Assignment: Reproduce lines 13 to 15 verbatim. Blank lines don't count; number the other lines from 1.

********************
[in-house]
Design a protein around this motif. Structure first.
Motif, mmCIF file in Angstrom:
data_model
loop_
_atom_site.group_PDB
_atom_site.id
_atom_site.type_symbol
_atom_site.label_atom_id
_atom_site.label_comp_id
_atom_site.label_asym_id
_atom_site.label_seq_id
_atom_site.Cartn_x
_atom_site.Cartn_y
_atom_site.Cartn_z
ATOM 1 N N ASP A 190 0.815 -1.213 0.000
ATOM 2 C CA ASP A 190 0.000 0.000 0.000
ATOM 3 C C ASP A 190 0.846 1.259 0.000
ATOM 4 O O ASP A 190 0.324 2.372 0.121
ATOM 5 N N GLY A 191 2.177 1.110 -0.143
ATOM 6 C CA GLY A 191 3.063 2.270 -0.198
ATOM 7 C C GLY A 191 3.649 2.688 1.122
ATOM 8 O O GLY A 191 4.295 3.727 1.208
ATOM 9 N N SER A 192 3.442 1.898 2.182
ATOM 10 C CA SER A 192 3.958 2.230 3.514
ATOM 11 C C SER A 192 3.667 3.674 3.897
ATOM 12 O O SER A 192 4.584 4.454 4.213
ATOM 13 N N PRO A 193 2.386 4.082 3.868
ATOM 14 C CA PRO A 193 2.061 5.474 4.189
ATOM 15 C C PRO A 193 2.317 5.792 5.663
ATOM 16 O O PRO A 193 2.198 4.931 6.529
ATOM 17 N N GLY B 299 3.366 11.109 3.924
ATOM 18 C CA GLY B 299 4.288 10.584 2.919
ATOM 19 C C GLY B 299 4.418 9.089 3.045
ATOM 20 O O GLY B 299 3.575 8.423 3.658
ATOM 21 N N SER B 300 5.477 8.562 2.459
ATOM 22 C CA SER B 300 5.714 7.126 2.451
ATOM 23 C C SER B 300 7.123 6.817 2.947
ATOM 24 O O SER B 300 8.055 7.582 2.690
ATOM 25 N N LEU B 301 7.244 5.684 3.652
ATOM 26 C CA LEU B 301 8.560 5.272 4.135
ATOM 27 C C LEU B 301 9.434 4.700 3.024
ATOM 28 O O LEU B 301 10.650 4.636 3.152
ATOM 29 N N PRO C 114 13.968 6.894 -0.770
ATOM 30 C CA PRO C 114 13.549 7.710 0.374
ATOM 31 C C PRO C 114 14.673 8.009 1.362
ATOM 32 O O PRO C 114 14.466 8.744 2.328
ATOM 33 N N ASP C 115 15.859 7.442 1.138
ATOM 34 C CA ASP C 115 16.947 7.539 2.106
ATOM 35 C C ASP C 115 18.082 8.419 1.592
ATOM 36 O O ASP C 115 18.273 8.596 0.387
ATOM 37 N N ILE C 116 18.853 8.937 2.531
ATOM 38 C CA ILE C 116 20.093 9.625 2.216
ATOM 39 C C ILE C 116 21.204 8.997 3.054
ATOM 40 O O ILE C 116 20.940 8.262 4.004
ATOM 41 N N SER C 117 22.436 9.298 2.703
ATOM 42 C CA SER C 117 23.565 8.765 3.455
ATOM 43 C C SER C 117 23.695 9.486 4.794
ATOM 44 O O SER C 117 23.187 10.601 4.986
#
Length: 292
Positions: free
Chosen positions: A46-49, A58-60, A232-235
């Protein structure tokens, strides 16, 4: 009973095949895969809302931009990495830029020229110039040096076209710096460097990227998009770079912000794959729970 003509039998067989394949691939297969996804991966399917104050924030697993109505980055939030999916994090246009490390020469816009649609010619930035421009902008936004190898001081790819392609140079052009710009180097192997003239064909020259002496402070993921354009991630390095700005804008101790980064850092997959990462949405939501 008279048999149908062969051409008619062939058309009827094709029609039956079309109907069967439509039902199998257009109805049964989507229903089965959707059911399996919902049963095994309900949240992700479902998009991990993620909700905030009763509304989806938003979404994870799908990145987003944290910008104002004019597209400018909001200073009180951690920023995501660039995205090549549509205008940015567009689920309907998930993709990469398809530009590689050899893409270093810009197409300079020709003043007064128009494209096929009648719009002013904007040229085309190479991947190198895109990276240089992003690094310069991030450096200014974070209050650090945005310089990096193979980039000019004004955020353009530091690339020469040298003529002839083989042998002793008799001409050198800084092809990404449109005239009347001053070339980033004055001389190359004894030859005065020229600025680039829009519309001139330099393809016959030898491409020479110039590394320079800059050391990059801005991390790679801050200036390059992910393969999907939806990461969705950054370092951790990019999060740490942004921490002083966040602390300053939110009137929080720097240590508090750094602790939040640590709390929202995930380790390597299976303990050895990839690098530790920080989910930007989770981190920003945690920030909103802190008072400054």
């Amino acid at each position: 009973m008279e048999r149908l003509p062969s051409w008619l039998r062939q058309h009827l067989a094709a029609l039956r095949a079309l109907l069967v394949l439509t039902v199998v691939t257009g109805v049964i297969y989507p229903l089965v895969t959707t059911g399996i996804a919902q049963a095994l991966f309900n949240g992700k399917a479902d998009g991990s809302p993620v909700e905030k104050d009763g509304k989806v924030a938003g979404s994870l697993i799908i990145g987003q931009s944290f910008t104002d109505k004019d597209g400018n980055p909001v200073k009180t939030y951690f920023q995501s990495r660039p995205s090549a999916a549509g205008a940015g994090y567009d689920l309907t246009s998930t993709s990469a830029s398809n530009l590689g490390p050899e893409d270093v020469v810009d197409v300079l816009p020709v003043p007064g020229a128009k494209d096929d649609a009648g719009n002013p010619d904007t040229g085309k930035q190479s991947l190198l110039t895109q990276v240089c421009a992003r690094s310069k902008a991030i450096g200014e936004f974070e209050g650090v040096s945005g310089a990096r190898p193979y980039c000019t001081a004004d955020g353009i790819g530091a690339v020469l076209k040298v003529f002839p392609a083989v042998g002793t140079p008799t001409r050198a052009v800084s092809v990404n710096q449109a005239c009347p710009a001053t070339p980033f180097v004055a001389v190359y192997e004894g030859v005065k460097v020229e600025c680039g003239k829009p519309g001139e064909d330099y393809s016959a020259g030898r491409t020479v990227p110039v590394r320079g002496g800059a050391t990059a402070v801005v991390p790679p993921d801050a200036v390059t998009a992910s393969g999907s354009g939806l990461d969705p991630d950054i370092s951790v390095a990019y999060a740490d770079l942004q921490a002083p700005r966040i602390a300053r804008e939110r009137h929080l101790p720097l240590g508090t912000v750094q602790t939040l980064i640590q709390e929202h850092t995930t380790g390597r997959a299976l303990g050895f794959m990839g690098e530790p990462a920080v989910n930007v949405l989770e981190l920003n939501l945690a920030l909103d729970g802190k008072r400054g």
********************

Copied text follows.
_atom_site.Cartn_x
_atom_site.Cartn_y
_atom_site.Cartn_z